By Michael Guzman
Our families were pioneers. The earliest settlers to this area saw a fertile valley and dreamed of cities and industry where there were none. Later immigrants were drawn by the promise of work and a better life in the thriving agricultural industry. More recent newcomers are attracted to our city’s small town charm and quaint community. Our families all have an immigrant story. Some of us are multiple generations removed from the original immigrant, while many of us are only one or two generations removed. But, we are all immigrants.
Do you know your family’s immigrant story? I’ve been digging into mine lately. My grandmother crossed the US- Mexico border in the 50’s to work in the lush fields of Central California. She settled in Exeter, had my father in Tulare, and put down roots. Only two generations ago, my father’s side of the family arrived in the United States. The dreams my grandmother had of work and a better future are the reality I have inherited because of her sacrifices.
As I have been talking with others about their own immigrant stories, I have been surprised to find how many around me are also not that many generations removed from the original settler in their family.
The larger story of the Bible is about an immigrant people group. The Israelites migrated to Egypt during Jacob’s later years because of a famine. Through the sovereignty of God, Israel’s son, Joseph had been placed as second in command in Egypt. This position of power and influence allowed the family of Israelites to move into a new land with the hope of a better future.
Over time, the favor that the growing family once held in Egypt waned. A new leader in Egypt arose who didn’t know Joseph’s family. The family’s new land of provision became the land of their slavery. After hundreds of years of this kind of existence, God raised up a deliverer in Moses. Moses led the whole family (now a nation of people) out of Egypt into the promised land. The slaves once again found themselves as immigrants to a new land.
As they wandered in the desert for 40 years before they inhabited the new land God was giving them, He reminded them of how they should posture themselves. Leviticus records God’s voice.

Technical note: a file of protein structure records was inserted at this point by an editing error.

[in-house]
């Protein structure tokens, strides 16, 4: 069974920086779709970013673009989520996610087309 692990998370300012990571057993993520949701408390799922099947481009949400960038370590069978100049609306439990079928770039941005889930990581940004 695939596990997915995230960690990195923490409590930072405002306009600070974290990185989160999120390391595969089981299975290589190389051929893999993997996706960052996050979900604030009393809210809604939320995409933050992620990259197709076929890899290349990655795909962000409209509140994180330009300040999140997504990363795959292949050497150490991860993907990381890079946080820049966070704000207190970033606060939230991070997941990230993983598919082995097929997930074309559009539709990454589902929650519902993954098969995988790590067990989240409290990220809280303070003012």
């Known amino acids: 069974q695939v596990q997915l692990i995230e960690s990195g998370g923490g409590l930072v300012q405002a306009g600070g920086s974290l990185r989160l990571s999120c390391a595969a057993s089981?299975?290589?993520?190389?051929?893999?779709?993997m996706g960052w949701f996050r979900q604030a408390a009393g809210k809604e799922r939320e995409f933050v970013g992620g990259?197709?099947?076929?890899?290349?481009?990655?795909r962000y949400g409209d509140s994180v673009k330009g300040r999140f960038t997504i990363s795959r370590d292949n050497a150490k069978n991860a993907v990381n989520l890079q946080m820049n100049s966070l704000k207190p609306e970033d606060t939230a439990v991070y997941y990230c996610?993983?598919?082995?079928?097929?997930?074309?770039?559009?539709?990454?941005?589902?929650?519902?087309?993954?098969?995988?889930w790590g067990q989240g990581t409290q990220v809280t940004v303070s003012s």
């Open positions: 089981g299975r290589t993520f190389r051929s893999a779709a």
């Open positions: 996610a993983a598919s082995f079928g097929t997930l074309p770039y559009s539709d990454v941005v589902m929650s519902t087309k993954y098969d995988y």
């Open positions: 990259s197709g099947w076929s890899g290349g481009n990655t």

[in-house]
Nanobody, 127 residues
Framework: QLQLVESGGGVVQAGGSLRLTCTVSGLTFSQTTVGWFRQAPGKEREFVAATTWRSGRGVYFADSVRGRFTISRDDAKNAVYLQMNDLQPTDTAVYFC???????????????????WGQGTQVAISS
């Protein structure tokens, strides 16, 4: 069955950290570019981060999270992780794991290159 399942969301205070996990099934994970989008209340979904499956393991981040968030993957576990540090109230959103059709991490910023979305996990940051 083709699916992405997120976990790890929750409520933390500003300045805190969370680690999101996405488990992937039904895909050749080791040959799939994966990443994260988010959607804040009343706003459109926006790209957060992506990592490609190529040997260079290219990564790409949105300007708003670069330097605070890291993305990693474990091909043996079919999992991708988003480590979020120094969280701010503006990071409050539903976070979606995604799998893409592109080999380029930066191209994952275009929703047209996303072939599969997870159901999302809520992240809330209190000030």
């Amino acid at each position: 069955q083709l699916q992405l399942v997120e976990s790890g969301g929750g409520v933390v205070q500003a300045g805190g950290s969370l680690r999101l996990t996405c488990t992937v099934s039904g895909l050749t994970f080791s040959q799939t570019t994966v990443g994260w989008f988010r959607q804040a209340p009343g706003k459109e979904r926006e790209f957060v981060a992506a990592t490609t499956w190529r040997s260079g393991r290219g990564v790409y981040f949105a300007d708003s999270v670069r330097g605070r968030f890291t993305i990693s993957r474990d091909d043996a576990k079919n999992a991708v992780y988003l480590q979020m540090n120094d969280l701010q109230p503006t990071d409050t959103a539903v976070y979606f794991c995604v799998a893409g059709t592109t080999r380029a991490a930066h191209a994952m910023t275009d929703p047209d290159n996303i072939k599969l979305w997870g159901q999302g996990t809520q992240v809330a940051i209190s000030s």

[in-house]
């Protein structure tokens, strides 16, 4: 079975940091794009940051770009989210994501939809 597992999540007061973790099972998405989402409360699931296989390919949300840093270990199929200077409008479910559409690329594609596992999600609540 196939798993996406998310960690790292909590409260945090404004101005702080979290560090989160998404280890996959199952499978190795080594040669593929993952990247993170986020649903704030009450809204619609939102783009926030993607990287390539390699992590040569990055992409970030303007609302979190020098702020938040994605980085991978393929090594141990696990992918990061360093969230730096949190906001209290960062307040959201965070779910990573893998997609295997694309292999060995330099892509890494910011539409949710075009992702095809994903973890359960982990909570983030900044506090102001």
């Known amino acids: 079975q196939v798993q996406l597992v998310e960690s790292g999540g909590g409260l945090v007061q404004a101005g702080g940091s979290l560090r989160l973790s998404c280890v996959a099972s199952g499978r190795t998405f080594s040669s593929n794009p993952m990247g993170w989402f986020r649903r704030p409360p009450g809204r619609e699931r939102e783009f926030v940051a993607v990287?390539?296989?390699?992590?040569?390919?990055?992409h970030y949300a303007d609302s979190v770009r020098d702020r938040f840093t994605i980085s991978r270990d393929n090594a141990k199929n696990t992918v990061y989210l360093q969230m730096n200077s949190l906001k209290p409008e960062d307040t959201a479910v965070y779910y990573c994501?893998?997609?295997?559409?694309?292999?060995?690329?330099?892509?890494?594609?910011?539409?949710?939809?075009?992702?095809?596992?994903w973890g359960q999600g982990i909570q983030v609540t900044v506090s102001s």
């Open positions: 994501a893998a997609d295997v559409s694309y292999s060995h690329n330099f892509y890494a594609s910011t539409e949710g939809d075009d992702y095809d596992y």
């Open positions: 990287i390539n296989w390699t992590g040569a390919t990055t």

“Do not take advantage of foreigners who live among you in your land. Treat them like native-born Israelites, and love them as you love yourself. Remember that you were once foreigners living in the land of Egypt. I am the LORD your God.”
God instructs His people to remember where they came from— to remember their immigrant story. Their remembering should then inform their response to new foreigners who live among them. Because they were once foreigners, they should love the immigrants around them as they loved themselves. Their position, power, and influence should be used to liberate and empower the foreigners among them.
Do you know your immigrant story? How many generations ago did your family arrive in California or in the United States? I wonder what your ancestors sacrificed in order to allow you to experience the inheritance you now enjoy? Are you using the power, position, and influence you have received in order to liberate and empower others who aren’t as far along on the journey as you?
Remember, we are all immigrants here. Don’t take advantage of foreigners living among us in our land. Treat them like family, and love them as you love yourself.
Michael Guzman is pastor of the Church of God of Exeter. He may be reached by calling 559-592-2631.
Prays Together is a rotating column between the pastors of the First Presbyterian Church of Exeter, Church of Christ of Exeter, Nazarene Church of Exeter, Church of God of Exeter, the New Life Assembly of God and Rocky Hill Community Church as well as the Lemon Cove Presbyterian Church.
This column is not a news article but the opinion of the writer and does not reflect the views of The Foothills Sun-Gazette newspaper.